Religion in Society

Bush's Faith-Based Initiatives a Monumental Failure

| by AUSCS

Bush Initiative Was Focused On Politics, Not Policy

The recent White House report on President George W. Bush’s “faith-based” initiative seeks to mask the shortcomings of a badly failed policy.

“The Bush initiative played crass politics with social service funding and jeopardized civil rights and civil liberties,” said the Rev. Barry W. Lynn, Americans United executive director. “All the PR spin in the world can’t turn this monumental Bush failure into a success.

“President Bush should have gotten the Golden Globe,” Lynn continued, “for playing a ‘compassionate conservative’ while doing precious little to actually help disadvantaged Americans.”

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Americans United has spearheaded opposition to the Bush faith-based plan from its inception. A wide array of religious, civil liberties and civil rights groups has joined forces to oppose central elements of the Bush plan.

Lynn said Americans should remember that the Bush administration failed to get its faith-based initiative through Congress because it endangered basic civil rights and civil liberties. It would have subjected Americans in need to unwelcome proselytism in publicly funded programs and allowed faith-based agencies to discriminate on religious grounds in hiring for government-funded jobs.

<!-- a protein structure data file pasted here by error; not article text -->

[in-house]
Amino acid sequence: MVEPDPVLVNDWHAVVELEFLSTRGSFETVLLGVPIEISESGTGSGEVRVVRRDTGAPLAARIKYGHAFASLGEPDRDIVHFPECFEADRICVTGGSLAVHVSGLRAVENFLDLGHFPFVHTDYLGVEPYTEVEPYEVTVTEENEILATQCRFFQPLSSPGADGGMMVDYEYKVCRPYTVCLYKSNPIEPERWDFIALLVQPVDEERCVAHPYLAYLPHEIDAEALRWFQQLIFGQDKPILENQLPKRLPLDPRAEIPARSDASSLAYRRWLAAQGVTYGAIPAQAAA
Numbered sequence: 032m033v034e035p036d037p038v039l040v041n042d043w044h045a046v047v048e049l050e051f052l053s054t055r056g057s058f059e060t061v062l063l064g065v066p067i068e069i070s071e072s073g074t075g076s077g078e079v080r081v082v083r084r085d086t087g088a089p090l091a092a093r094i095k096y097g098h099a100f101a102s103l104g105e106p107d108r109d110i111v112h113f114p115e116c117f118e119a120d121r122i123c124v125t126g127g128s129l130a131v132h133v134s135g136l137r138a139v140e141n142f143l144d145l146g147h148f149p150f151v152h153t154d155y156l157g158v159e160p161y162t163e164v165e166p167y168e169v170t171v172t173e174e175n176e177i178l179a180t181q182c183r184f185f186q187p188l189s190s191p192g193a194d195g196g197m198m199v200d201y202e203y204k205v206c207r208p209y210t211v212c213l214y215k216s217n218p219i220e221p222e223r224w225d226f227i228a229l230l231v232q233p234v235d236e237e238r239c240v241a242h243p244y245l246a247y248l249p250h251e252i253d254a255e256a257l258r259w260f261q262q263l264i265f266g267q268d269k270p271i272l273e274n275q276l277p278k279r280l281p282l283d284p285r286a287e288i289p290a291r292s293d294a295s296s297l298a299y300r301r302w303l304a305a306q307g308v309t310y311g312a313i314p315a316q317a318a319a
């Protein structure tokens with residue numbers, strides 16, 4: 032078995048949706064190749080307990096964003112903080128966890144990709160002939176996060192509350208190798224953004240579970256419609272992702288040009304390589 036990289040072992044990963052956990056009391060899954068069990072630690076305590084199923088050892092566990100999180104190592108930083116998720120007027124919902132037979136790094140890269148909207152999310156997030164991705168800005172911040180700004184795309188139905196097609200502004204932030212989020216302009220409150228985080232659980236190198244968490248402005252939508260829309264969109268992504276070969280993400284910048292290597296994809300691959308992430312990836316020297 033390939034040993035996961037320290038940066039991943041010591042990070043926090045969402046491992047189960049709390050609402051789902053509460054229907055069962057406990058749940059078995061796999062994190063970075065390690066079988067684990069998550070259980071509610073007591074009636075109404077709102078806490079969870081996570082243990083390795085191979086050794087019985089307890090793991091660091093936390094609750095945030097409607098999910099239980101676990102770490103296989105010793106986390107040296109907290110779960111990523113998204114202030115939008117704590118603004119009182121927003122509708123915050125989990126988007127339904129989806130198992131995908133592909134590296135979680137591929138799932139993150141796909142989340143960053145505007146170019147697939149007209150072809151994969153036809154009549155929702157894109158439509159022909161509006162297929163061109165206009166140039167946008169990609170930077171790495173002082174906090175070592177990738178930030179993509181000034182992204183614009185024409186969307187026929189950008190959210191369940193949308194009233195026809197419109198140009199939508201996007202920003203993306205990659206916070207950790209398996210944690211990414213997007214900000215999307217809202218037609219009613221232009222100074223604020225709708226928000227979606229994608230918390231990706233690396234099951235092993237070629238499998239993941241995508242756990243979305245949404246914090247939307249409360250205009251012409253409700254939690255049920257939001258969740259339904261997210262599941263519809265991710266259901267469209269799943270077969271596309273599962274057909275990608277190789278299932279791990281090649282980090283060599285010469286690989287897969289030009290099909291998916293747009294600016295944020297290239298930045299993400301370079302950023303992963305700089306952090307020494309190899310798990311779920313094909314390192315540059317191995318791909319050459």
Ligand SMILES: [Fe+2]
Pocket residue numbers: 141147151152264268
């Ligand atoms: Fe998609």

When Congress said no, Lynn added, Bush forged ahead through executive orders.

“President-elect Obama has promised to roll back the Bush administration’s civil rights and civil liberties infractions,” said Lynn, “and we hope he will keep his commitment.”

Lynn noted that even former Bush administration staff conceded that the faith-based initiative was more about politics than policy improvement.

John DiIulio, former head of the White House Office of Faith-Based and Community Initiatives, said political strategists controlled Bush domestic policy.

 “What you've got,” he told Esquire, “is everything and I mean everything being run by the political arm. It's the reign of the Mayberry Machiavellis.”

David Kuo, the number two staffer in the faith-based office, confessed in his book "Tempting Faith: An Inside Story of Political Seduction" that faith-based conferences were manipulated to help Republican candidates win votes.

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